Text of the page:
Steam was first introduced in September of 2003, over 15 years ago. Yesterday, the towering digital distribution service reached the milestone of one billion accounts, according to the website Steam ID Finder. The user "amusedsilentdragonfly" joined the service yesterday, April 28th. According to Steam ID Finder's statistics, this user's steamID3 (Steam has several identifiers for each account) is [U:1:1000000000], hence the one-billionth user. No prizes are involved, but it can be considered an important milestone unless you consider that there are millions of spam and scam accounts on the service.
Last January Valve also shared some interesting statistics, particularly the impressive sum of 90 million active users, the same number of active users of Sony's PSN service. They also reported an 18.5 million peak of concurrent users. The Game and Player Statistics page continually displays the concurrent users from the last 48 hours, with an average peak of over 16 million players. All in all, these are strong numbers to flex, especially as we enter the great digital distribution platform wars.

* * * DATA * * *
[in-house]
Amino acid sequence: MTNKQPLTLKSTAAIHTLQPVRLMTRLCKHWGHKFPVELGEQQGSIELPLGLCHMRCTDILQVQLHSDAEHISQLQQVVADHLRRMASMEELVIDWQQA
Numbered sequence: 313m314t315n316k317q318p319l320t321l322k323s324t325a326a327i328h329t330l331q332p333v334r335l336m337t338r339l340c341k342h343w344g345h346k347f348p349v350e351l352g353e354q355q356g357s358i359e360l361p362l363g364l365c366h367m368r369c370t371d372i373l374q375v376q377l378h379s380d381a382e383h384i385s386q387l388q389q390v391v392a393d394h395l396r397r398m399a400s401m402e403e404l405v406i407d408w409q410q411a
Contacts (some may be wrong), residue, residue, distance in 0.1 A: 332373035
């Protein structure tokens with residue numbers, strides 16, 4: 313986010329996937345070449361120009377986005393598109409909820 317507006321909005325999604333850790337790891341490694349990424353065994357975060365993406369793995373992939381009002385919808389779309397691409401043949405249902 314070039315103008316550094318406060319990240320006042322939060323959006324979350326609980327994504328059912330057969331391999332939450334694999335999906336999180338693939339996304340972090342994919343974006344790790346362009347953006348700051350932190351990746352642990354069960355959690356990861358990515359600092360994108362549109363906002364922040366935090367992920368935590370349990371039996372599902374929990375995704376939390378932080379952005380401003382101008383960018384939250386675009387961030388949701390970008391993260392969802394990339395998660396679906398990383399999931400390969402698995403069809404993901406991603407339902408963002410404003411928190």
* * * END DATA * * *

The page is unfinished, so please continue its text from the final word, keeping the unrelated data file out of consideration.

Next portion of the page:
At this year's GDC, four Valve employees also showed a presentation called Steam Business Update, where they talked about the future of the platform and its plans for long term growth. Some highlights include the evolution of Steam Features, the introduction of Events, a total redesign of the Library, and new features in the Steamworks backend for developers. The final segment focused on emerging markets, which might be the one that's most useful to explain Steam's growth, both present, and future. Particularly noteworthy is the following chart from the presentation slides (slide 73), which shows the bulk of Steam Transaction Volumes in Asia over 2018, with five standard payment methods comprising only 12.5% of the total, and non-standard methods making up a whopping 87.5%.
Another interesting tidbit is the PC Cafe program for Asian countries, with plenty of integration features that are conducive to attract and retain Asian users, as many of those prefer to play in PC Cafes rather than at home, mainly due to issues with the quality of Internet connections.
So while this milestone of one billion users may be tainted by the number of spam and scam accounts, there's plenty of evidence that Steam is, in fact, the largest digital distribution service available on PC.
What do you think of Steam's milestone of one billion accounts? What percentage of this number would you say can be considered legitimate accounts? Let us know in the comments below!